The Savoy Theatre, located on the Strand in London’s West End, has a long and interesting history that dates back to 1881 and extends even further back if other factors are taken into account, such as the site on which it sits. Over the years it has been under the watch of many different companies and has also presented a wide range of popular productions across the last century, leading up to its current occupation as the home of the popular blockbuster show Legally Blonde the Musical. The latter has seen many famous names in its lead roles and is one of many productions in the West End to have a movie counterpart (in this case the Reece Witherspoon-starring “Legally Blonde”).
The theatre gets its name from The House of Savoy – a family that contained within its ranks Count Peter of Savoy – who was related to the queen consort of King Henry III. The latter gave Peter the land on which the current Savoy Theatre stands in 1246 and on the site an array of buildings existed here right up until a fire burned it all in 1864. The next step was Richard D’Olyly Carte purchasing the land to construct what we now know as the Savoy Theatre.
The Savoy immediately made it into the history books as it was lit by electricity, making it the first theatre and public space in the world to do so. The design was by C J Phipps, the well known architect responsible for a whole host of London theatres, including the Queen’s Theatre, Her Majesty’s Theatre, Garrick Theatre, Lyric Theatre and the Vaudeville Theatre, along with various other venues around the country.
As the owner was now Richard D’Oyly Carte, the venue was used to house a number of productions of the D’Oyly Carte Opera Company and then, during the 20th century, a wide range of plays and musicals. This was interrupted by a fire in 1990 but after renovation work the Savoy reopened to stage further high profile productions, some of which are the best known shows still running today and others have been blockbuster musicals, providing Wet End audiences with some spectacular sights. The most recent of these has been “Legally Blonde the Musical”, which has including some well known female stars in the lead role and continues to attract many fans ever since it opened in December 2009.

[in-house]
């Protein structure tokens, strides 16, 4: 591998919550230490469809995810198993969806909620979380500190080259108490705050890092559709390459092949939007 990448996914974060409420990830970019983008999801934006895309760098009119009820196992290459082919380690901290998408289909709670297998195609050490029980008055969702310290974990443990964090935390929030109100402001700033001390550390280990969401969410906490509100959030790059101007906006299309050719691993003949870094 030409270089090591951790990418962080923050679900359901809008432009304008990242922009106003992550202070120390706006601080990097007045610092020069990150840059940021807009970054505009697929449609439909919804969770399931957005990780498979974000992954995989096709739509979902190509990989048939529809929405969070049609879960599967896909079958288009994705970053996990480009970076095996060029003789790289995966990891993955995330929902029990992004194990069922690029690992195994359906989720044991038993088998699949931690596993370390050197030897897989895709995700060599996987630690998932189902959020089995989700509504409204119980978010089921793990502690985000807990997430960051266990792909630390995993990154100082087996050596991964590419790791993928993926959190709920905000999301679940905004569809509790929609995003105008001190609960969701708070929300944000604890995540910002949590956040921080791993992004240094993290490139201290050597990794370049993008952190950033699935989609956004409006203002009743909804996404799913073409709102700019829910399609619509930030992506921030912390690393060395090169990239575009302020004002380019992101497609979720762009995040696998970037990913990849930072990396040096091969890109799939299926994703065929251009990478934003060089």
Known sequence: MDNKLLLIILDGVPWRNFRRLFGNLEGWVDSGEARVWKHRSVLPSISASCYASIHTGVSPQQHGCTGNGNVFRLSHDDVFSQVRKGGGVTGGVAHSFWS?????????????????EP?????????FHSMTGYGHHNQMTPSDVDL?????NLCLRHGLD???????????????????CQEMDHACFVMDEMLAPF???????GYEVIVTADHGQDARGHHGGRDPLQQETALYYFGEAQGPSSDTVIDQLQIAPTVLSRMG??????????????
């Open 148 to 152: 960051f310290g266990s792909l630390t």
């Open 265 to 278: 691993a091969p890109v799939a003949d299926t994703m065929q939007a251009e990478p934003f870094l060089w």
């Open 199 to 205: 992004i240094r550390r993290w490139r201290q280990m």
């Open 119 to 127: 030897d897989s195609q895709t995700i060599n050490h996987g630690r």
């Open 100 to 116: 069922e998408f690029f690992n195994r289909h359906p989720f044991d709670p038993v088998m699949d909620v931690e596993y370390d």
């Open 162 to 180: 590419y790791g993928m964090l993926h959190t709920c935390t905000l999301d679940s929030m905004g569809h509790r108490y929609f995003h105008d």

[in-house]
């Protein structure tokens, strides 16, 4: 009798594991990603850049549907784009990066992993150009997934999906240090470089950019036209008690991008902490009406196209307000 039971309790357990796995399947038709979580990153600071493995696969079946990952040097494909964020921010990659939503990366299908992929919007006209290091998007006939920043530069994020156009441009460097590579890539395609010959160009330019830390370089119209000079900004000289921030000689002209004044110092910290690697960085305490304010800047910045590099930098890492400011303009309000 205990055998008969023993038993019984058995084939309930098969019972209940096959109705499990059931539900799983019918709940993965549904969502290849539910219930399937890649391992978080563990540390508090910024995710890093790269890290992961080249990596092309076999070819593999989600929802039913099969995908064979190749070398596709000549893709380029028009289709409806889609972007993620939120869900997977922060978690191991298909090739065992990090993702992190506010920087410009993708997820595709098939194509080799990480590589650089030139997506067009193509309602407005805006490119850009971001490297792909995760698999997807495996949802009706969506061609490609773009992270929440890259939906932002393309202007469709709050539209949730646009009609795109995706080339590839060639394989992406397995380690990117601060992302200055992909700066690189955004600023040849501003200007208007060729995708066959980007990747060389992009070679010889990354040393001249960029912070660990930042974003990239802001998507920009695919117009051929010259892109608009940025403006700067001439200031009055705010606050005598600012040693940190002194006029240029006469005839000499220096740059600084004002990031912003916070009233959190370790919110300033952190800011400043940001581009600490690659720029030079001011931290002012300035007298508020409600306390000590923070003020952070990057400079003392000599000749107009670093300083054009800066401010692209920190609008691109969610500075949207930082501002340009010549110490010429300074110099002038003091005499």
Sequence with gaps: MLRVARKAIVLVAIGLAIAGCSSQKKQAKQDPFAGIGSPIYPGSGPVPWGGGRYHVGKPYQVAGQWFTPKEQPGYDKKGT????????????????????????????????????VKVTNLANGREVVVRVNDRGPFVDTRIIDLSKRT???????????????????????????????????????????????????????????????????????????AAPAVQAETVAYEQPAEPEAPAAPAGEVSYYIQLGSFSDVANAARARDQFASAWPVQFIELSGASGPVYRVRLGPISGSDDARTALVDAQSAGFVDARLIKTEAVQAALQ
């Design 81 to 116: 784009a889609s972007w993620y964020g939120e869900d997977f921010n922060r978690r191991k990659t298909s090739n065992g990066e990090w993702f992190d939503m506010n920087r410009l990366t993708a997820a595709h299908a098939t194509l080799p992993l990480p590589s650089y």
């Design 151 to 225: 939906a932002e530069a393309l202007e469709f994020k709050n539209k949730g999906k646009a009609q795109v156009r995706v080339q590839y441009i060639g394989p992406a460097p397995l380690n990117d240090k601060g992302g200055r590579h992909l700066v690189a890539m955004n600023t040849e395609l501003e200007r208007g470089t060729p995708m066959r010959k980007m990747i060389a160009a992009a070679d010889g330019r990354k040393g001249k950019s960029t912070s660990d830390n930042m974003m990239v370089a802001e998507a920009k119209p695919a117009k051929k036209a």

The first ever show to appear at the Savoy Theatre was “Patience”, a comic opera from Gilbert and Sullivan and as the venue was the first public building in the world to use electric lighting, it made “Patience” the first ever show to be lit in such a way. The production had originally appeared at the Opera Comique and transferred to the new Savoy in 1881 where it ran for a high number of performances. If not for “The Mikado” it would have been the longest-running of all opera from Gilbert and Sullivan.
But that does not mean that the Savoy missed out on housing the longest-running Gilbert and Sullivan opera as it was the same place in which “The Mikado” appeared in 1885, running for 672 performances. This not only made it the longest running opera of Gilbert and Sullivan but also one of the longest musical theatre productions of all time. Though productions from the 20th century (namely Les Miserables, The Phantom of the Opera and “Cats”) have surpassed this tenfold, it was a big achievement at the time and was amongst the achievements to ensure recognition for the Savoy Theatre. So the then-newest addition to the West End had gotten off to a great start.
Another high profile show to appear at the Savoy Theatre was in the 1940s when one of Noel Coward’s most famous plays premiered at the venue. “Blithe Spirit” is a show that continues to find audiences in the modern day, with the most recent example taking the form of the 2011 production at the Apollo Theatre on Shaftesbury Avenue. It follows the story of a writer who employs a medium to entertain his dinner guests and is then surprised to discover that she is the real deal, conjuring up the spirit of his dead wife and having to deal with the farce that follows.
In the last decade the Savoy Theatre has continued to welcome some high profile shows, with the Take That musical “Never Forget” appearing, in addition to the Rodgers and Hammerstein musical “Carousel”. Then, in 2009, the venue became the home of the West End premiere of “Legally Blonde the Musical”, based on the 2001 movie “Legally Blonde”. It had already been seen on the other side of the Atlantic and in London it went on to be a huge hit.
Further Facts about the Savoy Theatre
• Famous names to appear at the Savoy Theatre include Robert Lindsay, the Pet Shop |Boy, Dawn French, Alison Steadman, Ruthie Henshall, Edward Fox, Sheridan Smith, Duncan James, Denise Van Outen and Richard Fleeshman, Lesley Garrett, amongst others.
• As the first public building to use electric lighting, there was great interest in the theatre and to demonstrate the safety of the technology Richard D’Oyly Carte stepped out onto the stage and broke one of the light bulbs, whilst lit.
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